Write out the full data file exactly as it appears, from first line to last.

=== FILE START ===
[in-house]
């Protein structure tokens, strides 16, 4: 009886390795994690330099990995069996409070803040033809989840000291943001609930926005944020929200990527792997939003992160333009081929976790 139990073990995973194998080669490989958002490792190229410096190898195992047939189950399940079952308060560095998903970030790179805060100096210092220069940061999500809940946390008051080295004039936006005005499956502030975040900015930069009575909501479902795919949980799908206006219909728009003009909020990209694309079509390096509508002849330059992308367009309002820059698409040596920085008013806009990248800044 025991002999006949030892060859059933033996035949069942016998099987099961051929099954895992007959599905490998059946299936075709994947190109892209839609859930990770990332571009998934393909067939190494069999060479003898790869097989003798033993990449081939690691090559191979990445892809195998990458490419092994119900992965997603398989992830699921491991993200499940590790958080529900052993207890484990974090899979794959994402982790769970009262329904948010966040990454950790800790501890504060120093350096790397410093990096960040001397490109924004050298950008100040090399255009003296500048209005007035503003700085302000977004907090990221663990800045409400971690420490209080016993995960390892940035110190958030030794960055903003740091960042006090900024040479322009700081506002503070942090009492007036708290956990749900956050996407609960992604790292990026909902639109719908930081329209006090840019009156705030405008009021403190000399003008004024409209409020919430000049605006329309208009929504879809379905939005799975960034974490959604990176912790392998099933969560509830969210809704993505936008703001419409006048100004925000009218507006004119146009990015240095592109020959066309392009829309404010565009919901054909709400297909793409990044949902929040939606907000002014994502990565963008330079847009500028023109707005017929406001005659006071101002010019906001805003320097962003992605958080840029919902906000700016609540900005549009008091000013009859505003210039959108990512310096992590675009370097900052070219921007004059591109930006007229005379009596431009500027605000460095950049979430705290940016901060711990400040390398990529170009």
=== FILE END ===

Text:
[in-house]
């Protein structure tokens, strides 16, 4: 009886390795994690330099990995069996409070803040033809989840000291943001609930926005944020929200990527792997939003992160333009081929976790 139990073990995973194998080669490989958002490792190229410096190898195992047939189950399940079952308060560095998903970030790179805060100096210092220069940061999500809940946390008051080295004039936006005005499956502030975040900015930069009575909501479902795919949980799908206006219909728009003009909020990209694309079509390096509508002849330059992308367009309002820059698409040596920085008013806009990248800044 025991002999006949030892060859059933033996035949069942016998099987099961051929099954895992007959599905490998059946299936075709994947190109892209839609859930990770990332571009998934393909067939190494069999060479003898790869097989003798033993990449081939690691090559191979990445892809195998990458490419092994119900992965997603398989992830699921491991993200499940590790958080529900052993207890484990974090899979794959994402982790769970009262329904948010966040990454950790800790501890504060120093350096790397410093990096960040001397490109924004050298950008100040090399255009003296500048209005007035503003700085302000977004907090990221663990800045409400971690420490209080016993995960390892940035110190958030030794960055903003740091960042006090900024040479322009700081506002503070942090009492007036708290956990749900956050996407609960992604790292990026909902639109719908930081329209006090840019009156705030405008009021403190000399003008004024409209409020919430000049605006329309208009929504879809379905939005799975960034974490959604990176912790392998099933969560509830969210809704993505936008703001419409006048100004925000009218507006004119146009990015240095592109020959066309392009829309404010565009919901054909709400297909793409990044949902929040939606907000002014994502990565963008330079847009500028023109707005017929406001005659006071101002010019906001805003320097962003992605958080840029919902906000700016609540900005549009008091000013009859505003210039959108990512310096992590675009370097900052070219921007004059591109930006007229005379009596431009500027605000460095950049979430705290940016901060711990400040390398990529170009």